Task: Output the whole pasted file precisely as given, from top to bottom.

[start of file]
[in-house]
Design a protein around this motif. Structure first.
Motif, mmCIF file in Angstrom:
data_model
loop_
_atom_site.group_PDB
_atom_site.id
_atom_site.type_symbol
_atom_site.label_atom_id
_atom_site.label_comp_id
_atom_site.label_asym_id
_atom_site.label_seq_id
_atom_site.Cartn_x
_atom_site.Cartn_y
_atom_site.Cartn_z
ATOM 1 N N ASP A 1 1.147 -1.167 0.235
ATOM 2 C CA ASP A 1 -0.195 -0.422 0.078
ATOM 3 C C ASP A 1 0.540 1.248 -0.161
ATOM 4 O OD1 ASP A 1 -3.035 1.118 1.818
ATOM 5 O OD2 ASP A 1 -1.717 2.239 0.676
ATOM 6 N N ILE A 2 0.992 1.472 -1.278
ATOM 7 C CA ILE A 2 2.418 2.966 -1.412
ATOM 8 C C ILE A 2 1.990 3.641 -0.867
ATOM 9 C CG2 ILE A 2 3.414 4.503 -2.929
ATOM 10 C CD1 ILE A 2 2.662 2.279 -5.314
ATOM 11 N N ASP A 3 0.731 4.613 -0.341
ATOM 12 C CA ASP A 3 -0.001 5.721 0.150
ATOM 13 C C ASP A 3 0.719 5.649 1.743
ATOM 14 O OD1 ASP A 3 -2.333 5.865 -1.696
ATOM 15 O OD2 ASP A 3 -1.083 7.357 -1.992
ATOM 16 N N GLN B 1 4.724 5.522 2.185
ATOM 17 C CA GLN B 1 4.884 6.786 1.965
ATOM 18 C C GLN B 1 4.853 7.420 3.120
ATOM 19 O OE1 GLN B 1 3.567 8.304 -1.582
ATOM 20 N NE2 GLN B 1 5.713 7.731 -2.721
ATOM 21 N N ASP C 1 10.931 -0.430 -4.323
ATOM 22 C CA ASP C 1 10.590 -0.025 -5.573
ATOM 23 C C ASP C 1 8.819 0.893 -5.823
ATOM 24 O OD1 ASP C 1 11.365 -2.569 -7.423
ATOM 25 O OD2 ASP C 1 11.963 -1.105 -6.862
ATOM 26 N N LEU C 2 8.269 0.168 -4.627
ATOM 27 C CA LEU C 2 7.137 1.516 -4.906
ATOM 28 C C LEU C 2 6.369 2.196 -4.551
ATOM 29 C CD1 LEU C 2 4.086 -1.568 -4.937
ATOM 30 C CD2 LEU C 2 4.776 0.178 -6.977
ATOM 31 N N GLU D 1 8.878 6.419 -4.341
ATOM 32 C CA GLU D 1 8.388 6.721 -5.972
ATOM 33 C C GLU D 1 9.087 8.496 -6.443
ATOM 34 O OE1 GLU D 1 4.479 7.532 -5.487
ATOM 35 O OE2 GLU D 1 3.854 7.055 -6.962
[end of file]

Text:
[in-house]
Design a protein around this motif. Structure first.
Motif, mmCIF file in Angstrom:
data_model
loop_
_atom_site.group_PDB
_atom_site.id
_atom_site.type_symbol
_atom_site.label_atom_id
_atom_site.label_comp_id
_atom_site.label_asym_id
_atom_site.label_seq_id
_atom_site.Cartn_x
_atom_site.Cartn_y
_atom_site.Cartn_z
ATOM 1 N N ASP A 1 1.147 -1.167 0.235
ATOM 2 C CA ASP A 1 -0.195 -0.422 0.078
ATOM 3 C C ASP A 1 0.540 1.248 -0.161
ATOM 4 O OD1 ASP A 1 -3.035 1.118 1.818
ATOM 5 O OD2 ASP A 1 -1.717 2.239 0.676
ATOM 6 N N ILE A 2 0.992 1.472 -1.278
ATOM 7 C CA ILE A 2 2.418 2.966 -1.412
ATOM 8 C C ILE A 2 1.990 3.641 -0.867
ATOM 9 C CG2 ILE A 2 3.414 4.503 -2.929
ATOM 10 C CD1 ILE A 2 2.662 2.279 -5.314
ATOM 11 N N ASP A 3 0.731 4.613 -0.341
ATOM 12 C CA ASP A 3 -0.001 5.721 0.150
ATOM 13 C C ASP A 3 0.719 5.649 1.743
ATOM 14 O OD1 ASP A 3 -2.333 5.865 -1.696
ATOM 15 O OD2 ASP A 3 -1.083 7.357 -1.992
ATOM 16 N N GLN B 1 4.724 5.522 2.185
ATOM 17 C CA GLN B 1 4.884 6.786 1.965
ATOM 18 C C GLN B 1 4.853 7.420 3.120
ATOM 19 O OE1 GLN B 1 3.567 8.304 -1.582
ATOM 20 N NE2 GLN B 1 5.713 7.731 -2.721
ATOM 21 N N ASP C 1 10.931 -0.430 -4.323
ATOM 22 C CA ASP C 1 10.590 -0.025 -5.573
ATOM 23 C C ASP C 1 8.819 0.893 -5.823
ATOM 24 O OD1 ASP C 1 11.365 -2.569 -7.423
ATOM 25 O OD2 ASP C 1 11.963 -1.105 -6.862
ATOM 26 N N LEU C 2 8.269 0.168 -4.627
ATOM 27 C CA LEU C 2 7.137 1.516 -4.906
ATOM 28 C C LEU C 2 6.369 2.196 -4.551
ATOM 29 C CD1 LEU C 2 4.086 -1.568 -4.937
ATOM 30 C CD2 LEU C 2 4.776 0.178 -6.977
ATOM 31 N N GLU D 1 8.878 6.419 -4.341
ATOM 32 C CA GLU D 1 8.388 6.721 -5.972
ATOM 33 C C GLU D 1 9.087 8.496 -6.443
ATOM 34 O OE1 GLU D 1 4.479 7.532 -5.487
ATOM 35 O OE2 GLU D 1 3.854 7.055 -6.962